Music ReviewsREVIEWSTom Williams

“Oh, Coward!” by Dead Writers Theatre Collective

A Musical Comedy Revue.

Words and Music by Noel Coward.

Devised by Roderick Cook.

Musical Direction by Gerald H. Bailey.

Directed by Cameron Turner.

Produced by Dead Writers Theatre Collective.

At the Athenaeum Theatre, Chicago.

Noel Coward

“I have always been very fond of drama critics…I think it is so frightfully clever of them to go night after night to the theatre and know so little about it.”

“The theatre is a wonderful place, a house of strange enchantment, a temple of illusion. What it most emphatically is not and never will be is a scruffy, ill-lit, fumed-oak drill hall serving as a temporary soap box for political propaganda.” – Noel  Coward.

Ambitious musical revue mostly delivers the sassy wit, very British humor of Noel Coward.

One could say that Gerald Bailey, the musical director, is the real star of Oh, Coward! since his talents got the cast of three to both understand and appreciate the unique approach to Noel Coward’s  style songs. Music directing a song book of more that 35 songs in a distinct style to a cast that is mostly new to Coward’s early 20th Century British sensibilities is a daunting task. Bailey got his cast on board with Coward’s style effectively


Filled with the words and songs of Noel Coward (1899-1973), the English playwright, composer, director, actor and singer, known for his wit and flamboyance,  Oh Coward! is a sharp 35 song-fest that is nicely performed by Michael Pacas, Joanna Riopelle and Ian Rigg with terrific arrangements by Gerald Bailey with fine piano work by Howard Pfeifer.  The non-Equity cast delivered a slick, sophisticated,  mostly well sung musical revue.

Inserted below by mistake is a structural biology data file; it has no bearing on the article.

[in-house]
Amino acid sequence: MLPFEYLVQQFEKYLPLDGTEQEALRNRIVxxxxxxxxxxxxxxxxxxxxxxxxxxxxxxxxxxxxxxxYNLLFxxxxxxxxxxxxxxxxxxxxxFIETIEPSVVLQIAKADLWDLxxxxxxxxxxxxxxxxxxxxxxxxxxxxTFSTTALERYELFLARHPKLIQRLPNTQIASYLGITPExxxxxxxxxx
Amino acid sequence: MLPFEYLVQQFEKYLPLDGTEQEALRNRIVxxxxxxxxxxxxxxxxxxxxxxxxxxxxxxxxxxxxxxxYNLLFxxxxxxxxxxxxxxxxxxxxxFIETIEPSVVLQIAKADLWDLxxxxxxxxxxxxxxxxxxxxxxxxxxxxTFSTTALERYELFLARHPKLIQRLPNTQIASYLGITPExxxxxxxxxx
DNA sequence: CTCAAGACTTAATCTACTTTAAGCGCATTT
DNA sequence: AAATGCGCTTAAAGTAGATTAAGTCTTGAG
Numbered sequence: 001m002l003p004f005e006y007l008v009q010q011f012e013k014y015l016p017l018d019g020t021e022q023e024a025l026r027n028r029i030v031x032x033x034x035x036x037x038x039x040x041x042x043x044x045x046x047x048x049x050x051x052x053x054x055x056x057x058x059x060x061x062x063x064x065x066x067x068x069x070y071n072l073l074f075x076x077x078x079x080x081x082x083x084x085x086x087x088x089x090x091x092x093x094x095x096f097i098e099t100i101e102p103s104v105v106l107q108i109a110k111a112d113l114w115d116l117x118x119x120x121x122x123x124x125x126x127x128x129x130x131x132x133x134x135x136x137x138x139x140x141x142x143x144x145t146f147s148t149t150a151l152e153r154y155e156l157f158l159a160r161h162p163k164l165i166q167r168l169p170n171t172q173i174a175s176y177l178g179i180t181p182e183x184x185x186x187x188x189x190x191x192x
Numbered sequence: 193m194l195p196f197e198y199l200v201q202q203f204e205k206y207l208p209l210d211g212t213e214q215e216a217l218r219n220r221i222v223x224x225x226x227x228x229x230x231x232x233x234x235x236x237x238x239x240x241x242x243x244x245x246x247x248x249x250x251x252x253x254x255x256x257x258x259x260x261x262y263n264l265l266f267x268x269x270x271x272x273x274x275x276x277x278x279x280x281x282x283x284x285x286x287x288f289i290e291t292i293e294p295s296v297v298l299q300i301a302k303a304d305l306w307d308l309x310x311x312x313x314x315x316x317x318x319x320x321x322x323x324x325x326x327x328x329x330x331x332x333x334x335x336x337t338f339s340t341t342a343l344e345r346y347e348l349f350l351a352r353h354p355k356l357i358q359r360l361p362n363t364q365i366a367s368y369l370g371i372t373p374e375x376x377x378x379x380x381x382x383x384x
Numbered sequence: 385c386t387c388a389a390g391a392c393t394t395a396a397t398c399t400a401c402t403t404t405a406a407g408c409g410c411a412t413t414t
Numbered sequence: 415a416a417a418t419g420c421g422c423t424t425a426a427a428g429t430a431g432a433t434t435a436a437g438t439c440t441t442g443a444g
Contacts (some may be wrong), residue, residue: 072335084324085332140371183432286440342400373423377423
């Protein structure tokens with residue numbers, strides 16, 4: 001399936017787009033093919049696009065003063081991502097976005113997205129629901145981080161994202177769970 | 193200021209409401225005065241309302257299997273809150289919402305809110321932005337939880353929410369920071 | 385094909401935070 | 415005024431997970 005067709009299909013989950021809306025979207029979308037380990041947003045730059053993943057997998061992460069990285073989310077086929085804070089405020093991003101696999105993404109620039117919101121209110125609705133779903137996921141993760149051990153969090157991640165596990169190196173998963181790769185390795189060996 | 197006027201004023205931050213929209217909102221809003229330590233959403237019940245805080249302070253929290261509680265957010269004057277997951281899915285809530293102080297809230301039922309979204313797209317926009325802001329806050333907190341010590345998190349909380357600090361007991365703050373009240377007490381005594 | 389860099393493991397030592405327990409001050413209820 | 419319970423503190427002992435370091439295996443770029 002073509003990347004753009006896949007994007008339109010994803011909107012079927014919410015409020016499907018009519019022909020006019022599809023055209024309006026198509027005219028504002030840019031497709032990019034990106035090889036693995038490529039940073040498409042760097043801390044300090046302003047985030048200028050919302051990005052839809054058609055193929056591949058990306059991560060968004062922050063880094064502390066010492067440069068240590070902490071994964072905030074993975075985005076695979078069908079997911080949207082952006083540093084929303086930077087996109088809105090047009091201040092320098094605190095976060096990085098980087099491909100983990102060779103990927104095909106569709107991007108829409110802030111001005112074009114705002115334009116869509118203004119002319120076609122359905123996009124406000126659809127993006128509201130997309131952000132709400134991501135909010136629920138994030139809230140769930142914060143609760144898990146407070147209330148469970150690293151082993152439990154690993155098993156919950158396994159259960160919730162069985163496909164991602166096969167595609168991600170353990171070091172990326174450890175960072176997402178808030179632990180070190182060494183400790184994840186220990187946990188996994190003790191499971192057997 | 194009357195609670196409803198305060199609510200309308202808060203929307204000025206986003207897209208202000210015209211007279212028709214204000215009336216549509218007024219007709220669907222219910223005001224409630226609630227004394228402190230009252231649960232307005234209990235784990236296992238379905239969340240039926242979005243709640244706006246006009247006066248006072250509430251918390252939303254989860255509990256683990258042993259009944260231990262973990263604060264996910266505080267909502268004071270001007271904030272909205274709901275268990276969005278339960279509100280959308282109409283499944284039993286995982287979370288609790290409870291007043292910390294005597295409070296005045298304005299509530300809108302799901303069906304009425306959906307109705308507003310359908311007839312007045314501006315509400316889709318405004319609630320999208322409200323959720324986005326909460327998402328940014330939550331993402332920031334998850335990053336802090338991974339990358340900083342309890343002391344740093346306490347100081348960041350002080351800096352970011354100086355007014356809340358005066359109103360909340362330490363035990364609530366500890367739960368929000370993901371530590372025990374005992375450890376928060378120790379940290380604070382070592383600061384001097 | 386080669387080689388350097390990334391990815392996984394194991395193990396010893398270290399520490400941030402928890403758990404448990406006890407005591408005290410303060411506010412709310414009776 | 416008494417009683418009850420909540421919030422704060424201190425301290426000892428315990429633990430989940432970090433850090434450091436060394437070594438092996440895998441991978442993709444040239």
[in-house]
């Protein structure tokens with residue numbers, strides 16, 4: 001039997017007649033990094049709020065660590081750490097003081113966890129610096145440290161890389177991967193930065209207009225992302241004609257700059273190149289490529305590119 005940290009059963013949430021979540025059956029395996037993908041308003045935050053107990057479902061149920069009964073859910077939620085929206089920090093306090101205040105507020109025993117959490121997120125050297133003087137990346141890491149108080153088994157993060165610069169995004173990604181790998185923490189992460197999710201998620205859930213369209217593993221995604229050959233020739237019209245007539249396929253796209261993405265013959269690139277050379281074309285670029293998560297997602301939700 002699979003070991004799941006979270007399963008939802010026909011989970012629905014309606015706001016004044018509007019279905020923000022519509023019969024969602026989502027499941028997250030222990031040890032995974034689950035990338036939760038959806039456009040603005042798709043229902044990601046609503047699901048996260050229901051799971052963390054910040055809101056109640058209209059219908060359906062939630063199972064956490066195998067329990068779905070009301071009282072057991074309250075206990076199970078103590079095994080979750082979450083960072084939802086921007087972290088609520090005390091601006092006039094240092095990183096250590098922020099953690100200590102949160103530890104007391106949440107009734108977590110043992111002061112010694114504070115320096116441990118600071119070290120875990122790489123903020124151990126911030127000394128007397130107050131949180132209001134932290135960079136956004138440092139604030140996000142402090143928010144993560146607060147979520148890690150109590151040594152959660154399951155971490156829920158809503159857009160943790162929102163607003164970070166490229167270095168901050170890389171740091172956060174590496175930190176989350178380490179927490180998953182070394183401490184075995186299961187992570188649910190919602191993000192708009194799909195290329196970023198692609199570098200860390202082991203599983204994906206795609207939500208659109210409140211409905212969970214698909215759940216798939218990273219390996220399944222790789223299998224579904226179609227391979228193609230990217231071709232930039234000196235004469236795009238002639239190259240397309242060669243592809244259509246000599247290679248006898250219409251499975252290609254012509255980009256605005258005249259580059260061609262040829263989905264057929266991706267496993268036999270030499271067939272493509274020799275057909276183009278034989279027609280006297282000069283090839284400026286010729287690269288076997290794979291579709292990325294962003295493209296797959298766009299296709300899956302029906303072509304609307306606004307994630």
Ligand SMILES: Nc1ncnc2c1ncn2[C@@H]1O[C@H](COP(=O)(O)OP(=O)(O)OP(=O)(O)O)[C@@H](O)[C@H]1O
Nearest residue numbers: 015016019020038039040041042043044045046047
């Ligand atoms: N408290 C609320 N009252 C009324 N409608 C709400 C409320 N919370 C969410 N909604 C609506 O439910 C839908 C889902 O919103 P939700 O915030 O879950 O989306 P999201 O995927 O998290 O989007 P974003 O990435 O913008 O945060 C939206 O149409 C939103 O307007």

Elegance and a carefully crafted image and an acute sense of style were the hallmarks of Noel Coward. That sense is evident in the 30’s art-deco style nightclub set (designed by Eric Luchen)  Style, proper RP English accents,  smartly crafted  enunciation gave the witticism and Coward songs just the proper edge to communicate his effervescent music and lyrics with their proper satirical bite. My only problem was that  Joanna Riopelle constantly failed to both speak and sing loud enough to be heard and understood. Many of Coward’s quips and smart lyrics got lost by Riopelle’s speaking and singing too softly. Once she enunciates and projects stronger, this revue will become a fabulous one. Hopefully, she’ll realize that one must be heard and understood on stage.

Coward’s songbook is in terrific hands with this fabulous threesome. They sing harmonies, they participate in Coward-ish witty repartee to life and social norms as they throughout captivate us.


Joanna Riopelle has her moments in “London Pride,”  ” If Love Were All,” and “Nina.” (Just project more!)Michael Pacas, ever the British gentleman, nicely nails tune like “Why Do the Wrong people Travel,” “This is a Changing World” and “You Were There.” But, newbie Ian Rigg was most impressive here.  He seemed to be channeling Noel Coward with his edge of style, his gestures and his speech patterns. Riggs demonstrated a razor-sharp wit and comic aplomb in  “Let’s Say Goodbye,” ” Mad Dogs and Englishman” “and “Mad About the Boy.” The three-part work by this fine cast landed favorites like the musical ditties–“Chase Me, Charlie, ” What Ho, Mrs. Brisket” and ‘Has Anybody Seen Our Ship?” The classic Coward songs–“Mrs. Worthington” and “I Went to a Marvelous Party” highlighted this revue.Once Joanna Riopelle realizes that she holds the key to make this challenging revue go from a nice show to a terrific one–it will become ‘Marvelous Party.’


Tom Williams

Jeff Recommended<

At the Athenaeum Theatre, 2936 N. Southport, Chicago, IL, call 773-935-6860, tickets $40, Thursday thru Saturdays at 7:30 pm, Wednesdays at 7:30 on August 31, September 7 and 14 plus Sunday matinees at 2:30 pm. Running time is 2 hours with intermission, through September 18, 2016